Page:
Full-thermal heat-soak of machinery is vital for acquiring accurate aerodynamic performance data, but this process often requires significant testing time to allow all facility components to reach a steady-state temperature. Even still, there is the potential for heat loss in a well-insulated facility, and this can lead to inaccurate results. The implementation of a torquemeter to calculate performance metrics, such as isentropic efficiency, has two potential advantages: (1) the method is not susceptible to effects due to thermal heat loss in the facility, and (2) a torquemeter directly measures actual torque, and thus work, input, which eliminates the need to fully heat-soak to measure the actual enthalpy rise of the gas. This paper presents a comparison of aerodynamic performance metrics calculated both from data acquired with thermal measurements as well as from a torquemeter.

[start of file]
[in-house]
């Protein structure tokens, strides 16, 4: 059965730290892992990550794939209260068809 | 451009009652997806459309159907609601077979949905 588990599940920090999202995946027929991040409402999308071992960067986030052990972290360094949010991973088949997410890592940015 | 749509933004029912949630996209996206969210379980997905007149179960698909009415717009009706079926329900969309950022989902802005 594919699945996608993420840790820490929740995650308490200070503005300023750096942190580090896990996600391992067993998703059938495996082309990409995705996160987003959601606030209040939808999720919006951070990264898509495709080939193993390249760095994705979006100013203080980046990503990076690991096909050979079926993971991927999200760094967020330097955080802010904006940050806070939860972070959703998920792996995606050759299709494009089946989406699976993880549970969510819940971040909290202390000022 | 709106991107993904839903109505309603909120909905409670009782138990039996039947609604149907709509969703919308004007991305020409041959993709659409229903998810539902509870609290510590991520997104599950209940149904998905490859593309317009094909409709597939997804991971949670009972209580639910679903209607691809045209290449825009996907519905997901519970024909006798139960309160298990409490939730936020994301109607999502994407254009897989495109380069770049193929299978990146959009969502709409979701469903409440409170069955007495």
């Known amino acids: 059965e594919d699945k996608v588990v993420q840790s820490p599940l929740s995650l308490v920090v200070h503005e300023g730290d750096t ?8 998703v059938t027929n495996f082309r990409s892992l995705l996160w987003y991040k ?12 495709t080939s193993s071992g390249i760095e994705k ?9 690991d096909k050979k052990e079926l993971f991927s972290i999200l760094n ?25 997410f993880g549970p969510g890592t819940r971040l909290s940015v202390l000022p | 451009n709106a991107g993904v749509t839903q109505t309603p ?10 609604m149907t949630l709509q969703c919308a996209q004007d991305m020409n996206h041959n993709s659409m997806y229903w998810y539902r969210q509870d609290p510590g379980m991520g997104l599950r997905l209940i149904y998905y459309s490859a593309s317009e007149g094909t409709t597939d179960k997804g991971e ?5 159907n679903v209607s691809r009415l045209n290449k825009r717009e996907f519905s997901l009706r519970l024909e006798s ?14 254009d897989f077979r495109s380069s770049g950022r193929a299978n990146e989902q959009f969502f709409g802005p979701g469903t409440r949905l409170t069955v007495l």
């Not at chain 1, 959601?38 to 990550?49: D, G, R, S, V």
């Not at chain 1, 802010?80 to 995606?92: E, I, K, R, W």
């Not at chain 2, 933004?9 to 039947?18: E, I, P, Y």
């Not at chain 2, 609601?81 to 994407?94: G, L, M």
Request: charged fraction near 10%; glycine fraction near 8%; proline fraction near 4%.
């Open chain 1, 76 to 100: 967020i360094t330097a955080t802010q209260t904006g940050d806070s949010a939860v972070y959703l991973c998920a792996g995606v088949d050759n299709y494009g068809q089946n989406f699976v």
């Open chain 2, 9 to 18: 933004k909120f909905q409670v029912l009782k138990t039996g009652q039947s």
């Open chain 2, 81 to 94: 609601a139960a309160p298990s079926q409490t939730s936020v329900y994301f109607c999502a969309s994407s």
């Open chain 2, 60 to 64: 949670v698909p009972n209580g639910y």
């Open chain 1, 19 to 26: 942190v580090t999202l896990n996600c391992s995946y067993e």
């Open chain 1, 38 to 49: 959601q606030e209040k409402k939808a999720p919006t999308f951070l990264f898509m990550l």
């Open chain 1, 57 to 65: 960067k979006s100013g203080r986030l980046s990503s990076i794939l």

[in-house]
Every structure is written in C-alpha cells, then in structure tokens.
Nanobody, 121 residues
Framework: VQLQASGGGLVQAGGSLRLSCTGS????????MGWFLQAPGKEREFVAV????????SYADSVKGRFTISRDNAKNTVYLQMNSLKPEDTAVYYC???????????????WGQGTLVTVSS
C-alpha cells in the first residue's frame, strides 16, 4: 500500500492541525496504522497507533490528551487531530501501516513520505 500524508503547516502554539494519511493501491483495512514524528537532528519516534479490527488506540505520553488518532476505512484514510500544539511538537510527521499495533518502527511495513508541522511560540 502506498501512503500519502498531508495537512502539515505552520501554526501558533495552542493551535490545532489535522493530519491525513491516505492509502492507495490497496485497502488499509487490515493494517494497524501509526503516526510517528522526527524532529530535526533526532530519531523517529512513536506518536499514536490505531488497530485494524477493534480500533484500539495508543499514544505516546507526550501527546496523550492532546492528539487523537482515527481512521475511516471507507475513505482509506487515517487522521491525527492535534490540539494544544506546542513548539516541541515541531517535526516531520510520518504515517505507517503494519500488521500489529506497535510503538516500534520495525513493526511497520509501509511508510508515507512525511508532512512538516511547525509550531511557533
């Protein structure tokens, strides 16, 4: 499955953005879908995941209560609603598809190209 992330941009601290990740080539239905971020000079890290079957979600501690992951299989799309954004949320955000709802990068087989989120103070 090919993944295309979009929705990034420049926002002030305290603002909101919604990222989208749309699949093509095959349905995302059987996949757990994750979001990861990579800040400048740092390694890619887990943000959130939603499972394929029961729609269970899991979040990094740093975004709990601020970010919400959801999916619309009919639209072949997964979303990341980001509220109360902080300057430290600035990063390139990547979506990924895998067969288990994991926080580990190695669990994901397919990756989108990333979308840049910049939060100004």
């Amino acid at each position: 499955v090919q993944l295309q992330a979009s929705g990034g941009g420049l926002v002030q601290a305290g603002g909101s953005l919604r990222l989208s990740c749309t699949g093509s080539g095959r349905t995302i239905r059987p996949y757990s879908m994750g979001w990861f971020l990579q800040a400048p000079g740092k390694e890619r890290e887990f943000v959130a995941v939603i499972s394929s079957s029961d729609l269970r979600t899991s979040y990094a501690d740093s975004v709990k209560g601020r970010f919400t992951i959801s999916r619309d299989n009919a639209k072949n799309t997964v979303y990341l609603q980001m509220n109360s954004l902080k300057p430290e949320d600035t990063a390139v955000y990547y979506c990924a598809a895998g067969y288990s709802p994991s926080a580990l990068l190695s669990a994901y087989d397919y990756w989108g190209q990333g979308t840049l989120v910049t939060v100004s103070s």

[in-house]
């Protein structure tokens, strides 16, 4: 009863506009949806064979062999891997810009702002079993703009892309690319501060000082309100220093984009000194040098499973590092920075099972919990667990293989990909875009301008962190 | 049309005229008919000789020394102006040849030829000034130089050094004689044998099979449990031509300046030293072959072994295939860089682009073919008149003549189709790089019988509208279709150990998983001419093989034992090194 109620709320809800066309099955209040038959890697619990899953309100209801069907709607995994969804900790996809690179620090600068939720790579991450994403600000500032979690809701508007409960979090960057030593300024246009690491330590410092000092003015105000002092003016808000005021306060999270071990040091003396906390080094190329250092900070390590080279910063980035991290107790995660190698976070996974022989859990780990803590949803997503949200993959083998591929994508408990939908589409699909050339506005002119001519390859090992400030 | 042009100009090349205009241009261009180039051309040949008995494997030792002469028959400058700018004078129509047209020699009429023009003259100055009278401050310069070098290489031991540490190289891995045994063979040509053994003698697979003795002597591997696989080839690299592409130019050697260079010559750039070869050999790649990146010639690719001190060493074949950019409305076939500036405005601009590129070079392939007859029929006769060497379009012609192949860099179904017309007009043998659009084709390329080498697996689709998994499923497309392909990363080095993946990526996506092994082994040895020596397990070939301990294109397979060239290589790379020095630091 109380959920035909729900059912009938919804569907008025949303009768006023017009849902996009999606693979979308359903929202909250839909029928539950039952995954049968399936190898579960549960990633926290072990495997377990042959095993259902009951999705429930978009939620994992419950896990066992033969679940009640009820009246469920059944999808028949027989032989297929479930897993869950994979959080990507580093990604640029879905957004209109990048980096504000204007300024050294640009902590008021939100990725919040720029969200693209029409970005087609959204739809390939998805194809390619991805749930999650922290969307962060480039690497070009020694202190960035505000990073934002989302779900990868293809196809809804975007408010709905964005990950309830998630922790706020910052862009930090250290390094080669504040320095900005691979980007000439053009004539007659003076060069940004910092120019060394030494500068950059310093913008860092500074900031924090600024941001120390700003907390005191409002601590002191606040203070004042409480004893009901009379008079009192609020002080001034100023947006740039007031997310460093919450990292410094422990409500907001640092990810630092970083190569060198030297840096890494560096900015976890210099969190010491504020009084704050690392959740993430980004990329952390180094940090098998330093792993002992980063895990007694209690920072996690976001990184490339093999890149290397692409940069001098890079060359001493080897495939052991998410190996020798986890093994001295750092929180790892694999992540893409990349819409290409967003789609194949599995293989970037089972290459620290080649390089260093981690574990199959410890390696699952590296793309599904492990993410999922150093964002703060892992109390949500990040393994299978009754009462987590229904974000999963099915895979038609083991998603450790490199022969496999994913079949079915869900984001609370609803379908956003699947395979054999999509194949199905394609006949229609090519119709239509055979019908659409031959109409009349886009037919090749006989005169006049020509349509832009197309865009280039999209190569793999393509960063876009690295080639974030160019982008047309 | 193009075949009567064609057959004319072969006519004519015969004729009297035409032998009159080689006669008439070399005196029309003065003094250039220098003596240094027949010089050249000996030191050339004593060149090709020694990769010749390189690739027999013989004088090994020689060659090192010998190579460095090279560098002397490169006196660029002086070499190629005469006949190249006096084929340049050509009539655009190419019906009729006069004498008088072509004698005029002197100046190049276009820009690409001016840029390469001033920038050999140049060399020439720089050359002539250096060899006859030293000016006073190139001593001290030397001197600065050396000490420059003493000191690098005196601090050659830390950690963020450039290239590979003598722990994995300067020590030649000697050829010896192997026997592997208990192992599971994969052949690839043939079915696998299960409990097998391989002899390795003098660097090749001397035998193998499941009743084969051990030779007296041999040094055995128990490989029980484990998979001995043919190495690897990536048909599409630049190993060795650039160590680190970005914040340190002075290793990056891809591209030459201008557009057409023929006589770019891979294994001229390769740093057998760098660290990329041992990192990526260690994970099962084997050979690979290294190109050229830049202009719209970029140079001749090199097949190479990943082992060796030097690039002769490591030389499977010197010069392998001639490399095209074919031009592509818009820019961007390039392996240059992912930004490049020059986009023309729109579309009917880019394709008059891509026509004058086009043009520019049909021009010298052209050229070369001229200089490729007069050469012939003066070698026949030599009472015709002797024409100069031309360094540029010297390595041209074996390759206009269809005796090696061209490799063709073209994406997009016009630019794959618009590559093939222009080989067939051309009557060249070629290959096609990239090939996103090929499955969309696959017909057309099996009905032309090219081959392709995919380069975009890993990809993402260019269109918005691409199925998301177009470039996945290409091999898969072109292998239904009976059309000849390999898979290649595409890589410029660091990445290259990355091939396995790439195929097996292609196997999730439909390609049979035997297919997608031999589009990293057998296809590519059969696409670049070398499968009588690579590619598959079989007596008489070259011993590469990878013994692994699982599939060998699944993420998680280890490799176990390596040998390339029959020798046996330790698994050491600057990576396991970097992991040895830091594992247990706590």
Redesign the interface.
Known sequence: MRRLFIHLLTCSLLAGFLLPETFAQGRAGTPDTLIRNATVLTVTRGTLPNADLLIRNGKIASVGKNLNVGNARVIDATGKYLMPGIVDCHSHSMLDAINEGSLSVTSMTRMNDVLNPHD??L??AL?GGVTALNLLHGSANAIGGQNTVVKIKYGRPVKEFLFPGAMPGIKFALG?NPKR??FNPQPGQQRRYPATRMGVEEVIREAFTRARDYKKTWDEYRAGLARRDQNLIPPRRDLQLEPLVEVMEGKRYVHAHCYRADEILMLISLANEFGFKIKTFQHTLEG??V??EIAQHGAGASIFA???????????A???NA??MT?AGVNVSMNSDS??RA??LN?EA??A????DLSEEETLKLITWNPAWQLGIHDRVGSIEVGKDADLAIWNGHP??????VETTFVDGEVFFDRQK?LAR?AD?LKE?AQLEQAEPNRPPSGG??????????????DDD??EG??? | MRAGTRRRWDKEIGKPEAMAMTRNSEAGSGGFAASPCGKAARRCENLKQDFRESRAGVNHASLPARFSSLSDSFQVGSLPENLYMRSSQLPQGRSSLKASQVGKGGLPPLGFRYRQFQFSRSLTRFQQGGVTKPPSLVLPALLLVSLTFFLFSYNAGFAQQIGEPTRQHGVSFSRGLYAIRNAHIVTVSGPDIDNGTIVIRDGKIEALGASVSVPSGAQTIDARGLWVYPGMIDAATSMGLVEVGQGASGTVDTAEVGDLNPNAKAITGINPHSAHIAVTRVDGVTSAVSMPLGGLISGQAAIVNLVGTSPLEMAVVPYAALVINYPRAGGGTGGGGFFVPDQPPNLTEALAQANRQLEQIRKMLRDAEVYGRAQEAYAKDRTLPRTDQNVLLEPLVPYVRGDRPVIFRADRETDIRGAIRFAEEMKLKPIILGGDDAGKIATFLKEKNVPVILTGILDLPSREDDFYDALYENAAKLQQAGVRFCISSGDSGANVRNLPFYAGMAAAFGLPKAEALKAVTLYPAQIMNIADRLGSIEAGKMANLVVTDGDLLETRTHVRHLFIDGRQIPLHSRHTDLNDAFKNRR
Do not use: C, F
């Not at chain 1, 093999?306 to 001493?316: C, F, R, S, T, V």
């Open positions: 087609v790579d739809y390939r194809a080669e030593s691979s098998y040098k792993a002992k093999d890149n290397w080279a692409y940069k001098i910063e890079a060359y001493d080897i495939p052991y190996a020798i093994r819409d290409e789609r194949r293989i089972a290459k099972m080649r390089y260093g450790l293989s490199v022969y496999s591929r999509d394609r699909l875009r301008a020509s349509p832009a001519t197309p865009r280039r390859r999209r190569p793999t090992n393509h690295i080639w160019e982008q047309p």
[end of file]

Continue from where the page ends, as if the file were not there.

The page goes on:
These tests were conducted over five speedlines for a shrouded impeller in the Southwest Research Institute Single Stage Test Rig facility. Isentropic efficiency calculated from the torquemeter was approximately 1–2 efficiency points lower than the isentropic efficiency based on thermal measurements. This corresponds to approximately 0.5–1 °C in heat loss in the discharge collector and piping. Furthermore, observations from three full-thermal heat-soak points indicate the significant difference in time required to reach steady-state performance within measurement uncertainty tolerances between the torque-based and thermal-based methods. This comparison, while largely suspected, has not yet been studied in previous publications.